I love eating at Olive Garden. Besides the main entries, I also like the free flow bread sticks. The salad was my favorite, but not after we got fresh veggies from Megan. The price however, is not that friendly for student like me. So, I was so happy to find the recipe from their website.
Since I didn't have some of the ingredients, I adjusted the recipe a little bit. The chicken wasn't as much as what the recipe calls, for sure. Those much chicken (as the recipe calls for) would feed hubby and I for a week. The white wine was replaced by the red one, since we still had leftover red wine from New Year. So, the supposed-to-be white sauce became purplish, but didn't bother us. This recipe is definitely a keeper.
Hubby's mom brought kluwak nuts when she visited us. Many food that hubby grew up with contain that nut. She cooked soto Kudus and pindang using them, and still left me some. I had no experience cooking with it, but I knew what I could cook using those nuts before they went bad.
Rawon is traditional Indonesian soup originally from East Java. I heard from some people, that the blacker the soup, the better. It is the kluwak nuts that make the soup black. The nut's shell has similar texture to Brazil nut's. It is very tough also. The inside, the one that is used for cooking has rubbery texture. Mom told me that picking a good kluwak is tricky. She threw away some kluwaks after seeing the inside and smelling them. I didn't have her to ask when I made this rawon and I didn't know what to expect from smelling them, so I used ones that were not moldy (one was).
So, here is my first rawon from scratch. The taste was ok. I think I put too much water for such little meat. The mung bean sprouts I bought from oriental market two days before were slimy, so we were kinda annoyed. I need to cook this again sometimes before winter ends.
When still got weekly vegetable boxes from Megan, we had superfluous fresh basil leaves in our refrigerator. Since I was sure we couldn't finish the whole things before they got rotten, I made pesto basil then saved it in the freezer. I almost forgot about my frozen pesto basil, until I thought about making pizza the other day. My favorite pizza is ones from Tomato Head, a local restaurant at the heart of downtown. They have a lot choices of pizza sauces, not only the regular tomato sauce one like most pizza places offer. One of my favorite is their pesto base pizza topped with mushroom, spinach, olive, and other vegetables. Yummm...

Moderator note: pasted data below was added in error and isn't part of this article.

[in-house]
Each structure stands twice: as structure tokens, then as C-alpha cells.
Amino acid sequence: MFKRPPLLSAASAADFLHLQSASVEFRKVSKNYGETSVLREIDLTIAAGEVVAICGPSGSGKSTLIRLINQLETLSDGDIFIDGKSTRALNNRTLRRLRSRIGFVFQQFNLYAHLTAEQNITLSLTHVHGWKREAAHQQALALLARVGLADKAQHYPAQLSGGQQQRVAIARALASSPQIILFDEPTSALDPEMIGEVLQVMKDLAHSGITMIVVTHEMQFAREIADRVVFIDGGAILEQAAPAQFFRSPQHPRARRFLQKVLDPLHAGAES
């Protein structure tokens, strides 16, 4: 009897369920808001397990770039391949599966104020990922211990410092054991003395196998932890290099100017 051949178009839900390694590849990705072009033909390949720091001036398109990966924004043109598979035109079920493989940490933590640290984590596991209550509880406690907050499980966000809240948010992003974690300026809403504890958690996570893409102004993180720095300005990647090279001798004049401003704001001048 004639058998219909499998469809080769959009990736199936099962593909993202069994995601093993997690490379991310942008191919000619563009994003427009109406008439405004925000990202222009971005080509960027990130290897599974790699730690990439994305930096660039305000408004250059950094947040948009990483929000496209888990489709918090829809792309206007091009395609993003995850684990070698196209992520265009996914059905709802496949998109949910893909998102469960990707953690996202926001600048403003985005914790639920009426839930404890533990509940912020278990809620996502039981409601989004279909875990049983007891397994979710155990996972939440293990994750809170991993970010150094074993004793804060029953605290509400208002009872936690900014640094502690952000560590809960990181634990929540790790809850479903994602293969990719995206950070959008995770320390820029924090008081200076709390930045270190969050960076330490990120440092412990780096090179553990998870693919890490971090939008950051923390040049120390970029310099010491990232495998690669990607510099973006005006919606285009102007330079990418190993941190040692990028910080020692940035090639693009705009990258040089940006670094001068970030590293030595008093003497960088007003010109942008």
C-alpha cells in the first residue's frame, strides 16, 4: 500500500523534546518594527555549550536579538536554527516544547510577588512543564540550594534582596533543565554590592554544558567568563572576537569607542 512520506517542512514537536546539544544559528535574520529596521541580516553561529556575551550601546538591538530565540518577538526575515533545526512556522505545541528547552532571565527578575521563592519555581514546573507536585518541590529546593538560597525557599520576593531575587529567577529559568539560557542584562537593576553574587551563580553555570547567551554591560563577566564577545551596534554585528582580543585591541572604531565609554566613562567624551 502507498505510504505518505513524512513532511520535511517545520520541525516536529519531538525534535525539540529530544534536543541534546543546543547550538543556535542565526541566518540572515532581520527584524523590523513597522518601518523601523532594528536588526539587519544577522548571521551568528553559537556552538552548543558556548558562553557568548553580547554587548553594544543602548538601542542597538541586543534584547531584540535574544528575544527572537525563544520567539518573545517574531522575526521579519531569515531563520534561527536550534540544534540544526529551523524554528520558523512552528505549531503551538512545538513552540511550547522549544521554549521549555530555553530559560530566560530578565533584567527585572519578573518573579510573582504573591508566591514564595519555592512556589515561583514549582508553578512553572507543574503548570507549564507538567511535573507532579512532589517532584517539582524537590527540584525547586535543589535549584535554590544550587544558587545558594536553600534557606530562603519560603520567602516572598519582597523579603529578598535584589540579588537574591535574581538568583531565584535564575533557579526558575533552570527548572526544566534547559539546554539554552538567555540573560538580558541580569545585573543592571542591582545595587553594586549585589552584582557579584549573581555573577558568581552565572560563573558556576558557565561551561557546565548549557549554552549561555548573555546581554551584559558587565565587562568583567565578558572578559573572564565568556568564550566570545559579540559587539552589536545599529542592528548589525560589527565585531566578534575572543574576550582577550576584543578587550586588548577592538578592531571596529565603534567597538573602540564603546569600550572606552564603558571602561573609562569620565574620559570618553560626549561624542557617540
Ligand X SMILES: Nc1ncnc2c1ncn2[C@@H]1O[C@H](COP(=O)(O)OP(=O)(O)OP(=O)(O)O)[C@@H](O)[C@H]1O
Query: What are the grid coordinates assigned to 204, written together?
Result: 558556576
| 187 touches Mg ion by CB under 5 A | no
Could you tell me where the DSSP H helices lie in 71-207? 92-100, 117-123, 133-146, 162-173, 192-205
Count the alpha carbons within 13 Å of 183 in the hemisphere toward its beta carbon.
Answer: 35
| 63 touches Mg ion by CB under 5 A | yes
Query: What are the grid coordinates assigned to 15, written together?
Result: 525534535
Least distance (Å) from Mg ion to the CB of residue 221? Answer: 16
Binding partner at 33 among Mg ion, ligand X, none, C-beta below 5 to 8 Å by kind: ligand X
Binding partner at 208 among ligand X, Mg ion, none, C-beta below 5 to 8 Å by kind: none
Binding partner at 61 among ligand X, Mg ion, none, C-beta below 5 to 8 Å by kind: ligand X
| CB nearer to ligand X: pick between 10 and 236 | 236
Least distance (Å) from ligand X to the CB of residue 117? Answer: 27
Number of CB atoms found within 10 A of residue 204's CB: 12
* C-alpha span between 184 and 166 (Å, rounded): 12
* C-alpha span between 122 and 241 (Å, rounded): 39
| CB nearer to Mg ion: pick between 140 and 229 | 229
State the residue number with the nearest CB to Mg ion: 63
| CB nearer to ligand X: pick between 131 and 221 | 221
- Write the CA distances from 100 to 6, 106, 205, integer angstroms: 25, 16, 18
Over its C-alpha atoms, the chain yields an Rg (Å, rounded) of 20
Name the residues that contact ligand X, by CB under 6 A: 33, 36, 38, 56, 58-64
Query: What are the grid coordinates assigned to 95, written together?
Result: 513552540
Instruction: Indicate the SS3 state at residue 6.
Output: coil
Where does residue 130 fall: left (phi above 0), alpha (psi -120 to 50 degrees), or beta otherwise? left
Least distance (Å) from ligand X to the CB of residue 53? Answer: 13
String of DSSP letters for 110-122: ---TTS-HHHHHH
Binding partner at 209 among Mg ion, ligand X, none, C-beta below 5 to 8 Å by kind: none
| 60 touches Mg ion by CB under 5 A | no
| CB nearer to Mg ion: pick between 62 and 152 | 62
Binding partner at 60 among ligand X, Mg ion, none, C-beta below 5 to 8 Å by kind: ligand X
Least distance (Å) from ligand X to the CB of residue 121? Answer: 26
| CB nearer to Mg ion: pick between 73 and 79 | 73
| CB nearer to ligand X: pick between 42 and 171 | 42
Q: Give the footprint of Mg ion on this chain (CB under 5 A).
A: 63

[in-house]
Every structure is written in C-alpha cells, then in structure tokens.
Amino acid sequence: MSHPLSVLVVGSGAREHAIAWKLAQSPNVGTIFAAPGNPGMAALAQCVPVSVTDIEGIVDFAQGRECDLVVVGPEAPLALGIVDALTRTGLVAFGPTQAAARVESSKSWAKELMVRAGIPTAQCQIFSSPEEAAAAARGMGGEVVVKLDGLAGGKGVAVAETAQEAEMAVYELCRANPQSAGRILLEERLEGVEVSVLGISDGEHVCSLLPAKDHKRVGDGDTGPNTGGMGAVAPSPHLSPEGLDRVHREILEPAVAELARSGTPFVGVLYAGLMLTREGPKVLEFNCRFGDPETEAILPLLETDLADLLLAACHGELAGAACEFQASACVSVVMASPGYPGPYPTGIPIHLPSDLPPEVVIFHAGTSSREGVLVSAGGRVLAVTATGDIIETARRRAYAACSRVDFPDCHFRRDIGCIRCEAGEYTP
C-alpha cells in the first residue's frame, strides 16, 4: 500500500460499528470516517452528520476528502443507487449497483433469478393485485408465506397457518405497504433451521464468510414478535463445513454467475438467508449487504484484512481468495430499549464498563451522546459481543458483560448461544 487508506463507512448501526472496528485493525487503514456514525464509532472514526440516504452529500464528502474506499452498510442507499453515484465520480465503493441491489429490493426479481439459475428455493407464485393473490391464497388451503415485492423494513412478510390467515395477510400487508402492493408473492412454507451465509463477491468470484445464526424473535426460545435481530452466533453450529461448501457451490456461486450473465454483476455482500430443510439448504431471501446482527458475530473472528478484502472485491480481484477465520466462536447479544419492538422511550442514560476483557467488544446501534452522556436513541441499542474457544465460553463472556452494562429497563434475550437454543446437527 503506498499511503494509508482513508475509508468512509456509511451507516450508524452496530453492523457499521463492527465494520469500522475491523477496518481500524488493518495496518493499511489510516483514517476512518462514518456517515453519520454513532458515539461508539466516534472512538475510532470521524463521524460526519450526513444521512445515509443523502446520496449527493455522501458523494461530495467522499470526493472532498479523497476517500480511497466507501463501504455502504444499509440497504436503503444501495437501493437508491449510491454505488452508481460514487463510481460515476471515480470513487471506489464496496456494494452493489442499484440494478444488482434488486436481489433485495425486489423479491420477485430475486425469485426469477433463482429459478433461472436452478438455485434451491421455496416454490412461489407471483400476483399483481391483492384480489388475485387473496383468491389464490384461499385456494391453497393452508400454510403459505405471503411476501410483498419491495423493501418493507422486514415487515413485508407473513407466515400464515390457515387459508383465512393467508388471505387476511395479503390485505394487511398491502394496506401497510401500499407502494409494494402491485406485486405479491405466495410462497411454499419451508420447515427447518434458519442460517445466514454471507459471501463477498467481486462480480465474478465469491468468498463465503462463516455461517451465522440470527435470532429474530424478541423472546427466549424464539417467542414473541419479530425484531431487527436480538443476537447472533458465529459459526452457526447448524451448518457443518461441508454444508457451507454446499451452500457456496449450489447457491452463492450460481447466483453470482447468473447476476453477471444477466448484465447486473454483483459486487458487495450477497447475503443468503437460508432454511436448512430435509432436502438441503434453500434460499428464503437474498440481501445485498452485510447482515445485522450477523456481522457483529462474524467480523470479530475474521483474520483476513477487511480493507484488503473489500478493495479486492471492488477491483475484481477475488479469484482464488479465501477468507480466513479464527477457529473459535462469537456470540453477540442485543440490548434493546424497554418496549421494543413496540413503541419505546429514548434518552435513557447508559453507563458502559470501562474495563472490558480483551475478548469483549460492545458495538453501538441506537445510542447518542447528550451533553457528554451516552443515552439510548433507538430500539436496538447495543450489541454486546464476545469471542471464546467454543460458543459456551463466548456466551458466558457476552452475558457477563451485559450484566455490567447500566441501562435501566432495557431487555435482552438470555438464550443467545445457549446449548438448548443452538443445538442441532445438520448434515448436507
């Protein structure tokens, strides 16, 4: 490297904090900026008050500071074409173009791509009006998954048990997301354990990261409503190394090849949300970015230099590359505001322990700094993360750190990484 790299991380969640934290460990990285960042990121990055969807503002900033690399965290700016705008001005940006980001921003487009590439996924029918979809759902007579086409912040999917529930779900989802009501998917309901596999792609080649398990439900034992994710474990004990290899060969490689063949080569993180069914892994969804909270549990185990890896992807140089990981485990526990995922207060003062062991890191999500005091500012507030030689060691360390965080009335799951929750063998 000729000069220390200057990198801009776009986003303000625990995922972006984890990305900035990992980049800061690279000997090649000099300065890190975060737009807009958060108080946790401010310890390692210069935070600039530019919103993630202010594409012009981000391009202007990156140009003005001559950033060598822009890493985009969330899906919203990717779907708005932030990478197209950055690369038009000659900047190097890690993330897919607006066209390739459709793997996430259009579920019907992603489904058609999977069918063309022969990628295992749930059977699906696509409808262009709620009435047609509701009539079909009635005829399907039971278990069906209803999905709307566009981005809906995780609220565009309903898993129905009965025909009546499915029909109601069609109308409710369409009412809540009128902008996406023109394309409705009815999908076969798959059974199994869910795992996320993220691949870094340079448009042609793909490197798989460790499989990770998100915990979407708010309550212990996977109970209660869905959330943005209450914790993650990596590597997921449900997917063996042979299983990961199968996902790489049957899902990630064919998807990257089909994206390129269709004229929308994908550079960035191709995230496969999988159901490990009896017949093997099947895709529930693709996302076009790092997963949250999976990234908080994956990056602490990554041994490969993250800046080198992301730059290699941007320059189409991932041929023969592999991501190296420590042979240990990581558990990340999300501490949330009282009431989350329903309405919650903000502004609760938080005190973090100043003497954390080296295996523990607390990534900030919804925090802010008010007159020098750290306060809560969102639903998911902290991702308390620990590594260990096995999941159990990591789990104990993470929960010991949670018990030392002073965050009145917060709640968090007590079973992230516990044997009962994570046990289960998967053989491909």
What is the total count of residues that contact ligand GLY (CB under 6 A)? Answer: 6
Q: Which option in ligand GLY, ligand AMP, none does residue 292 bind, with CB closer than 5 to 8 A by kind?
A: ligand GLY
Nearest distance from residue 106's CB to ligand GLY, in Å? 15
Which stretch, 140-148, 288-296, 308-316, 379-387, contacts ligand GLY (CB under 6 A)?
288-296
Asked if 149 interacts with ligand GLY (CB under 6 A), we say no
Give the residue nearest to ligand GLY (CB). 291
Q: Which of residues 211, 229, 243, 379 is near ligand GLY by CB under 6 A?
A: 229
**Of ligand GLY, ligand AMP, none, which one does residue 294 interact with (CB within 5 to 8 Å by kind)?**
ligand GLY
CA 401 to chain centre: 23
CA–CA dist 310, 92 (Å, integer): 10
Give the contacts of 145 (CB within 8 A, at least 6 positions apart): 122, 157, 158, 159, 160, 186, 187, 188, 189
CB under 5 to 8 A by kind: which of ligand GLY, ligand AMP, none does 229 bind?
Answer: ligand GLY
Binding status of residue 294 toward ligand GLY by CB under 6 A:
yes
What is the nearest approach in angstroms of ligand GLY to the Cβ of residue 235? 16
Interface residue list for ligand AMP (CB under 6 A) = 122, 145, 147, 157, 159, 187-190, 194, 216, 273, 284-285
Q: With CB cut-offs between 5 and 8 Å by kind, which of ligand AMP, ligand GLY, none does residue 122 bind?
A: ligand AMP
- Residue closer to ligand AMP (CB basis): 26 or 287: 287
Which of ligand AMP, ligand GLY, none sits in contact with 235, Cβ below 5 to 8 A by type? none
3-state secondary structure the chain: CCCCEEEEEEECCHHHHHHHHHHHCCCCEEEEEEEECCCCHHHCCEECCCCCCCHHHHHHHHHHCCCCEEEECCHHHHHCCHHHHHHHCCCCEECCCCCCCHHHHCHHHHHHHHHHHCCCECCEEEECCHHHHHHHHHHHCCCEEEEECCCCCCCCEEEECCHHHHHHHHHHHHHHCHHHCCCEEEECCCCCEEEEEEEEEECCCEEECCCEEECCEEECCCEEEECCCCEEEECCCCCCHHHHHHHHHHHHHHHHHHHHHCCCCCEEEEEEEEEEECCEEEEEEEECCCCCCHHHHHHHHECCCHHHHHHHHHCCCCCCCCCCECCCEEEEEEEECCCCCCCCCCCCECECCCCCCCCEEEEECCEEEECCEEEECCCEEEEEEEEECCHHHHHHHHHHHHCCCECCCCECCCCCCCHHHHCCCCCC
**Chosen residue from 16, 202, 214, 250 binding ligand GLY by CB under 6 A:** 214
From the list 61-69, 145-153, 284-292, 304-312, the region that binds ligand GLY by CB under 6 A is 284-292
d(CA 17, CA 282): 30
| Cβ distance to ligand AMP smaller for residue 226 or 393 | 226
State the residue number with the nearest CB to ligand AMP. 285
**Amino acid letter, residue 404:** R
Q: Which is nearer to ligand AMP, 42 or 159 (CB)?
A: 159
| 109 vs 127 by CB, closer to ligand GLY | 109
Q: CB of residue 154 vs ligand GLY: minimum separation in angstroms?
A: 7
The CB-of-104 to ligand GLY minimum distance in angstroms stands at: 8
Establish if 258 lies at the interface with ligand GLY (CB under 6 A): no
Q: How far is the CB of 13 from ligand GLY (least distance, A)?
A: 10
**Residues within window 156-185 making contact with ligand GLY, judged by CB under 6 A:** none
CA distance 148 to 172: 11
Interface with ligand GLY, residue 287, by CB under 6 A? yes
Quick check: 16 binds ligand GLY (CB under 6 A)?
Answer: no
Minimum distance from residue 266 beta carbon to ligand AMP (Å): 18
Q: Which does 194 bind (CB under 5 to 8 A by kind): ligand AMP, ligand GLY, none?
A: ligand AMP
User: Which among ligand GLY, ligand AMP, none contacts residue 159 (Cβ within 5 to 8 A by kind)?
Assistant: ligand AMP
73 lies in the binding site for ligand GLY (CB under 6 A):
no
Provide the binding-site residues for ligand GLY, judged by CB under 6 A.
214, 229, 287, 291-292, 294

Pizza Crust Recipe is adapted from here
Mix: 1 tsp. sugar
1 tsp. salt
1 Tbsp. instant yeast
1 cup whole wheat flour
2 cups all-purpose flour
Add: 1 ¼ cups warm water
2 Tbsp. oil
Mix to form a soft dough. Cover and let rise until nearly double in bulk. Grease large pizza pan or cookie sheet. Roll out dough on floured board. Place on greased pizza pan or cookie sheet. Stretch the dough as necessary.
Pesto basil sauce, adapted from here 2 cups packed fresh basil leaves
2 cloves garlic
1/4 cup pine nuts
2/3 cup extra-virgin olive oil
black pepper Combine the all ingredients in a food processor and pulse until coarsely chopped.
Spread pesto basil, leave 1/2 inch from the edge. Sprinkle half of the cheese. Arrange spinach, tomato, mushroom, and red onion. Sprinkle the rest of the cheese.
Bake at 425º for 15 minutes or until it bubbles and the cheese just begins to brown.
Chinese New Year is around the corner, but of course there is no obvious festivity in my town. The only celebration I know is one at the university sponsored by Chinese organization. I miss celebrating Chinese New Year with my family.
To get the glimpse of Chinese New Year, I like to blog walk to Chinese, Malaysian and Singaporean blogs and peek their CNY preparation. Most of them have started making cookies. Baking cookies for Chinese New Year is not a tradition in my family. Grandma would buy a bucket of bamboo shoots, grandpa would buy stacks of nian gao, mom would prepare everything for the party including cleaning the house (a.k.a throwing stuffs away), and dad as usual wouldn't really care but buy cute CNY stuffs for my nieces